In discussing psychics, there are often some who make categorical statements about the existence or ethics of psychics. This article is about bringing some sort of rationality to such discussions.
For any person to accurately say that there are no psychics, they would have to ask everybody on the planet for an honest reply – that is, free of fears of threats or ridicule – whether that person had experienced an explicit psychic experience, being one where they saw, hear, sensed an explicit future event, free of any way of knowing beforehand. Now, at this time, no one is physically capable of just asking everyone, so there is no way an unbiased person can truthfully say there is no such thing as a psychic, unless they are themselves psychic, which disproves their own hypothesis!
However, anyone who has had such an experience would immediately know that any person making such a claim is obviously making, possibly unknowingly, a false statement, and thus acting from a bias, possibly ideological or fear-based. Hence, any other categorical statements they make, on any topic, are rightfully open to being suspect of bias, undermining the veracity of those statements. Basically, any person making such statements has shown themselves to be an ignoramus, and how far that extends is subject to speculation.
What a person can only factually say about psychic is:
- a.One can only truthfully categorically state that they don't believe that there are psychics. That is a fact, but it is a totally separate fact from whether psychics exist or not.
- b.Since a person cannot truthfully categorically state that there are no psychics, unless they test every professional – that is, paid – psychic for accuracy, they equally cannot truthfully state that all are scammers. Again, they can only state that they believe so, and thus anyone else is entitled to ignore it as biased verbal noise.
Equally, beware of people who, while stating that they don't believe in psychics, then purport to make statements about how or what psychics should, or should not, be able to do, since they cannot possible know the actual means. That is, if something doesn't exist, no one can possible know anything about it. They have over-reached their self-admitted limitation. In the same way a person can use a smartphone, but have no real idea of how it works, much less explain it, a psychic may not be able to explain how they get their insights or information, but they can get them nonetheless.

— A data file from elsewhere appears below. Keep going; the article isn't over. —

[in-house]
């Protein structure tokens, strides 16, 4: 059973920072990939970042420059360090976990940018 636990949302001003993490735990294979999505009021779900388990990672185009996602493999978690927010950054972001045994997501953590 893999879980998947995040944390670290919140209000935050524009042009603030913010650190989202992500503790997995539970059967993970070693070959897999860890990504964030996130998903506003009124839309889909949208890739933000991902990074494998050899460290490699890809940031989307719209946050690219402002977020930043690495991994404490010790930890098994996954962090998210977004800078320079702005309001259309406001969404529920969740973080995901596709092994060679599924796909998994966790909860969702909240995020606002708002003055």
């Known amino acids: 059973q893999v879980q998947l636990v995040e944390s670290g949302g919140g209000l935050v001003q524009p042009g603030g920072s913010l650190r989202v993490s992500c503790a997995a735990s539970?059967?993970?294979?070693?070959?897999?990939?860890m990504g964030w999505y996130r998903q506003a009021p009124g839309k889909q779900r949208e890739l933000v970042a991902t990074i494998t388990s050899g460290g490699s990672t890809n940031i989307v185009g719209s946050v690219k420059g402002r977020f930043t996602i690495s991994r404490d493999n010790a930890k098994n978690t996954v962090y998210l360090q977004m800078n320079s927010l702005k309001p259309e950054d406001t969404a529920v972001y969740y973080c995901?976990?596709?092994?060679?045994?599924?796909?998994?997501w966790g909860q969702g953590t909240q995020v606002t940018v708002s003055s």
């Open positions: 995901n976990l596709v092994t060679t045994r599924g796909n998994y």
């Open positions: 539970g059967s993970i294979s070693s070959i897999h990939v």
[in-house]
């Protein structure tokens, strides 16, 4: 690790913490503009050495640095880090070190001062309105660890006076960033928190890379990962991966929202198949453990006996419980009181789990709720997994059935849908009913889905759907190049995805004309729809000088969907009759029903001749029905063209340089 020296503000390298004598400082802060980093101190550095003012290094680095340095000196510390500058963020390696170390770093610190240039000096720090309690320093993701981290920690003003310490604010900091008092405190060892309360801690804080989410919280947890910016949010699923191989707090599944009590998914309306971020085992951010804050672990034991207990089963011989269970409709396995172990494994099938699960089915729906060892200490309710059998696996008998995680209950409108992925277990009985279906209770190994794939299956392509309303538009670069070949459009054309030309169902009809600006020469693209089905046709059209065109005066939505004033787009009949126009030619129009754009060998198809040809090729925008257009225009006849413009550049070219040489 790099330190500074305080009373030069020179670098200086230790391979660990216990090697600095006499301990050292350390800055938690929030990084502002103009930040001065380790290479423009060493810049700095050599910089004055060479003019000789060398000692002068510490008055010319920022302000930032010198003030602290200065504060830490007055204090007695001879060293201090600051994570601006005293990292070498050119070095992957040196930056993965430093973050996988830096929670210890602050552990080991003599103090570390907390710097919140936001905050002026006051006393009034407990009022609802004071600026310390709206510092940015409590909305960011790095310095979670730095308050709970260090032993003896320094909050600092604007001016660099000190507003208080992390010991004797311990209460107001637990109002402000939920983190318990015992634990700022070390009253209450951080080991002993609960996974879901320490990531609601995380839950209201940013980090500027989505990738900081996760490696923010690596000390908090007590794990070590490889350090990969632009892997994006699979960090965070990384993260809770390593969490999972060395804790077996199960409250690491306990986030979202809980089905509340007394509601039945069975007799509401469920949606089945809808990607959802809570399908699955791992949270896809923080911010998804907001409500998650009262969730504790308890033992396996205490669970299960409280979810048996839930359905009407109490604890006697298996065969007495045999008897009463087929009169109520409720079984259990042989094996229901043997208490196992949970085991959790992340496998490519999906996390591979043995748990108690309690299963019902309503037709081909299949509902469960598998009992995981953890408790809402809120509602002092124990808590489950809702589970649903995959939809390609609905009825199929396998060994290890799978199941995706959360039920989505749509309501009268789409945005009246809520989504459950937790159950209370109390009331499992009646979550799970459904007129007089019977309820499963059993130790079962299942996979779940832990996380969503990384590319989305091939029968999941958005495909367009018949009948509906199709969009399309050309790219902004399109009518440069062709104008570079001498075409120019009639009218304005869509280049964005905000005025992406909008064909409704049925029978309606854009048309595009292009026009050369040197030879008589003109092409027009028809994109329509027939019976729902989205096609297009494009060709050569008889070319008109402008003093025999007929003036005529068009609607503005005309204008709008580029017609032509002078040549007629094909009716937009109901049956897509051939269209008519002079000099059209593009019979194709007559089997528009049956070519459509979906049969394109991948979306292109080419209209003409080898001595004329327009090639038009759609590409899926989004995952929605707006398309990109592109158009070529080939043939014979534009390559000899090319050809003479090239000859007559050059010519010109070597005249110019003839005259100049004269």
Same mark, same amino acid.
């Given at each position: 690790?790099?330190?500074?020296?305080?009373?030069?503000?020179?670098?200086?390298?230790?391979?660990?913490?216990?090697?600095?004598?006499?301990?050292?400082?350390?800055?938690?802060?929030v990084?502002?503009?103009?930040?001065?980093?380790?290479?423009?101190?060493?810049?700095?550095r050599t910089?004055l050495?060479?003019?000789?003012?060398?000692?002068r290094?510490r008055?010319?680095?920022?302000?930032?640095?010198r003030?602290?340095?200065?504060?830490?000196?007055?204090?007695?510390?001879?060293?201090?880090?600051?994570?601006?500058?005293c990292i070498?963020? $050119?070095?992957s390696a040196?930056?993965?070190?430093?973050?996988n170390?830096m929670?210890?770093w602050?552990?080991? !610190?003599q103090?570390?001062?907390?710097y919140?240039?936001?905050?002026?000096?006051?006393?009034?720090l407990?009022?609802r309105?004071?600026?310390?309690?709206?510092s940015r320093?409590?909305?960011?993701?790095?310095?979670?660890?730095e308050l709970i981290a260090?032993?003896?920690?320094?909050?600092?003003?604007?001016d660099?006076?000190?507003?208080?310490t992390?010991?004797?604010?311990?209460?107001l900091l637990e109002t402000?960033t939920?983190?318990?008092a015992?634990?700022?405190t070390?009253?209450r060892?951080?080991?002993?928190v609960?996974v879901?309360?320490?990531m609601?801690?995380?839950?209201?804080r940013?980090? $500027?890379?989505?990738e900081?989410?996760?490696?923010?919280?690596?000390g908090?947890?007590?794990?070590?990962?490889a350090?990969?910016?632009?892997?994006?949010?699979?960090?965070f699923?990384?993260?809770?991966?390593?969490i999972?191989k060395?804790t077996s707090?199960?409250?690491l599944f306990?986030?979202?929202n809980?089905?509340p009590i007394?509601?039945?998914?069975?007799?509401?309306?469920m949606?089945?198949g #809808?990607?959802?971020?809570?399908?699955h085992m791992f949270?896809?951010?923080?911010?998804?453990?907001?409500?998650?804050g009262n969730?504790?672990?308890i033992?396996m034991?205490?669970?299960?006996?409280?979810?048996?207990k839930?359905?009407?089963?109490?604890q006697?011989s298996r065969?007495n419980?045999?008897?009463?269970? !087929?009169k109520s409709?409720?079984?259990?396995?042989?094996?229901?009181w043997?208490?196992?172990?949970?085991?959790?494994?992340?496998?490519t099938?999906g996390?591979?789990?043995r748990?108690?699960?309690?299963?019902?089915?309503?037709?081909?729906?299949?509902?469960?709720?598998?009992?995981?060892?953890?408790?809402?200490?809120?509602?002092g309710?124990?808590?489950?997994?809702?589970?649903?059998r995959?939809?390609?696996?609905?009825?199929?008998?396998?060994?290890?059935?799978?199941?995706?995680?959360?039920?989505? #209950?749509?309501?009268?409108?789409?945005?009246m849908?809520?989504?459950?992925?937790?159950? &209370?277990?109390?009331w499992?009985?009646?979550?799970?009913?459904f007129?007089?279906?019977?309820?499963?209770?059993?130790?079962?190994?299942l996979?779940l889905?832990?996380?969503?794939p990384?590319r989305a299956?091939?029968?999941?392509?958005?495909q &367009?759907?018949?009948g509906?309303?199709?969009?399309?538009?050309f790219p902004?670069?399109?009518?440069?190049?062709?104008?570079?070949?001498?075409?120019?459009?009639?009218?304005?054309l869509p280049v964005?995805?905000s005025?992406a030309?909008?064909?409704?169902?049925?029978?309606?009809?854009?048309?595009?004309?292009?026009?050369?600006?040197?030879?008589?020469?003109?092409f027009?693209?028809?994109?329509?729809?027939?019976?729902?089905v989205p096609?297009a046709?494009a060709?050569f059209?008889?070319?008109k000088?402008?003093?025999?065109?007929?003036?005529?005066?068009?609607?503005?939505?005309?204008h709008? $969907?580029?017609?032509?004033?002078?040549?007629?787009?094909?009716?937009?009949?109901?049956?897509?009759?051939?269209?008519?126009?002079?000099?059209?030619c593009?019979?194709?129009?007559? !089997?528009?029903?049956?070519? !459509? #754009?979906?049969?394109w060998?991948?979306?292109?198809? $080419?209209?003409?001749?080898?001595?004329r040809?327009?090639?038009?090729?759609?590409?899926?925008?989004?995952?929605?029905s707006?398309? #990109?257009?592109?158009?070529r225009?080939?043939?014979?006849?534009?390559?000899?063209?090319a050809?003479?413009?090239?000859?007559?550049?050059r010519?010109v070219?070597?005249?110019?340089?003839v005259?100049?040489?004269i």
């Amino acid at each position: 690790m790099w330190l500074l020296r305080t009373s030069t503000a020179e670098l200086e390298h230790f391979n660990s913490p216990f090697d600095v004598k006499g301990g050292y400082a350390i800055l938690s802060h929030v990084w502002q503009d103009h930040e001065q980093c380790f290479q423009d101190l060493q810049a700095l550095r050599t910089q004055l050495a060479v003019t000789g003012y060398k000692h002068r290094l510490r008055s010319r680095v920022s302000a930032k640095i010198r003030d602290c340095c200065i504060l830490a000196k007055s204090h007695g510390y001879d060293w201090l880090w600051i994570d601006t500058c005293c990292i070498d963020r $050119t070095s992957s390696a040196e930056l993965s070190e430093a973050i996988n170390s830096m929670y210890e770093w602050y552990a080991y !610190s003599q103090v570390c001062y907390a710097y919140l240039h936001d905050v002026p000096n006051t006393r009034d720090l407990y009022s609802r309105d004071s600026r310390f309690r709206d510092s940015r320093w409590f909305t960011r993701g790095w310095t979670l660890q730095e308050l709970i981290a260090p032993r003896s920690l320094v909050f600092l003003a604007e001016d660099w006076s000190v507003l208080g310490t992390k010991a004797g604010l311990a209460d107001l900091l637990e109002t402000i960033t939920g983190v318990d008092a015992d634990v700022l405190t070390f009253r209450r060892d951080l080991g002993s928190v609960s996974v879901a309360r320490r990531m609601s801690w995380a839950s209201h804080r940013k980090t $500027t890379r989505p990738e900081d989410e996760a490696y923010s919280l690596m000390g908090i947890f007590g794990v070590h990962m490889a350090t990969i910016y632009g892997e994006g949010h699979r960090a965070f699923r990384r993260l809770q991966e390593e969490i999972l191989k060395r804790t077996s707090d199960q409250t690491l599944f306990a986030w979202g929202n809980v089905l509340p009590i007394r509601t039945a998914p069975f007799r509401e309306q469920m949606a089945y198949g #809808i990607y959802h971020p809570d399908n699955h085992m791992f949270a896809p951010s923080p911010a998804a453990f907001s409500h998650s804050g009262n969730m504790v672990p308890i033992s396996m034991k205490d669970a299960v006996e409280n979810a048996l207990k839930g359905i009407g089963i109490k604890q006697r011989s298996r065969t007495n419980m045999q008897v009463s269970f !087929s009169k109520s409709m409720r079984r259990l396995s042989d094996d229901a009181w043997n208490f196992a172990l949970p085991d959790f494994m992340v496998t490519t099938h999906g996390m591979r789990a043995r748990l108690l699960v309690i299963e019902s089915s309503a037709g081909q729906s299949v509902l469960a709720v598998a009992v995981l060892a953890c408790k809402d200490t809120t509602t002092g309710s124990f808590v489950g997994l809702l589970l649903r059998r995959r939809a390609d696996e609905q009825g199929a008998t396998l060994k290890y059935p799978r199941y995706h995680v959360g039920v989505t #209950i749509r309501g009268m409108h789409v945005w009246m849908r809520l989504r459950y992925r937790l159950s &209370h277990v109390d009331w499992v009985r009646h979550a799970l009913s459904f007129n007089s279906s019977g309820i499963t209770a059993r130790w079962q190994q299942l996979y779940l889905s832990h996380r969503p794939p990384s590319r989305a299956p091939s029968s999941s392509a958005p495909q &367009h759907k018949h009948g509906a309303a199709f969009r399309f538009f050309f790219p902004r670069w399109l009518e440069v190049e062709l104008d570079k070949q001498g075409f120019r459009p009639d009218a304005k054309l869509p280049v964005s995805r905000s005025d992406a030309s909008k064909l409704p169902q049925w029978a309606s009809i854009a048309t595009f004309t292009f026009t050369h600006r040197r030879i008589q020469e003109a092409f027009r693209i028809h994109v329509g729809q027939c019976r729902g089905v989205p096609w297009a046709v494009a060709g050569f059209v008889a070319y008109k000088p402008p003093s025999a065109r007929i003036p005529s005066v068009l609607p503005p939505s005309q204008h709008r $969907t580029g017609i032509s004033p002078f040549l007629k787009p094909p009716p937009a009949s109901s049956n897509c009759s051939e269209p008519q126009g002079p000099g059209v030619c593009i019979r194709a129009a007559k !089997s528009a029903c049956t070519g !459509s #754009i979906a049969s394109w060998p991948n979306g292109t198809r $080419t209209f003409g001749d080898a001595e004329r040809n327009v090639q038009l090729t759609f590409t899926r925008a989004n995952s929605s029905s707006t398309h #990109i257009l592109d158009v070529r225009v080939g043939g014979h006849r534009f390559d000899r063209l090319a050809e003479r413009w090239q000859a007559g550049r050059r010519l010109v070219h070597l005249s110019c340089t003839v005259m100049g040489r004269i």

Now, all this does not mean that there are no scammers, especially since there are known techniques, such as cold reading of body language in response to probing questions, by which skilled practitioners can gauge whether they are on the right track. This is not confined to just purported psychics, but any person trying to gain another person's trust in order to take advantage of them.
However, any consultant will need to ask questions, as there is always too much information, much of which may not be relevant to your concerns at the time. If going to a psychic, like any consultant providing of information and skills, you need to be clear about your expectations are, exactly what you want to know, and whether the consultant works in the way you want.
After that due diligence, if you still decide to take the leap of faith – that is, a gamble upon which you can later debate about whether you have spent wisely! – don't try to get them to prove their abilities in trivial ways. If they are what they say they are, they will fairly quickly demonstrate their abilities and skills in working with what you really want or need, and thus avoid distracting time-wasting. After all, you are paying for their time.
As with any consultant, you need to be open to other possibilities that may arise, as the benefit of a consultant is that they can see, by whatever means at their disposal, your situation from other perspectives. If they have the communications skills, they can help you see what is suitable for you, and develop strategies with you as to how you can make those possibilities happen.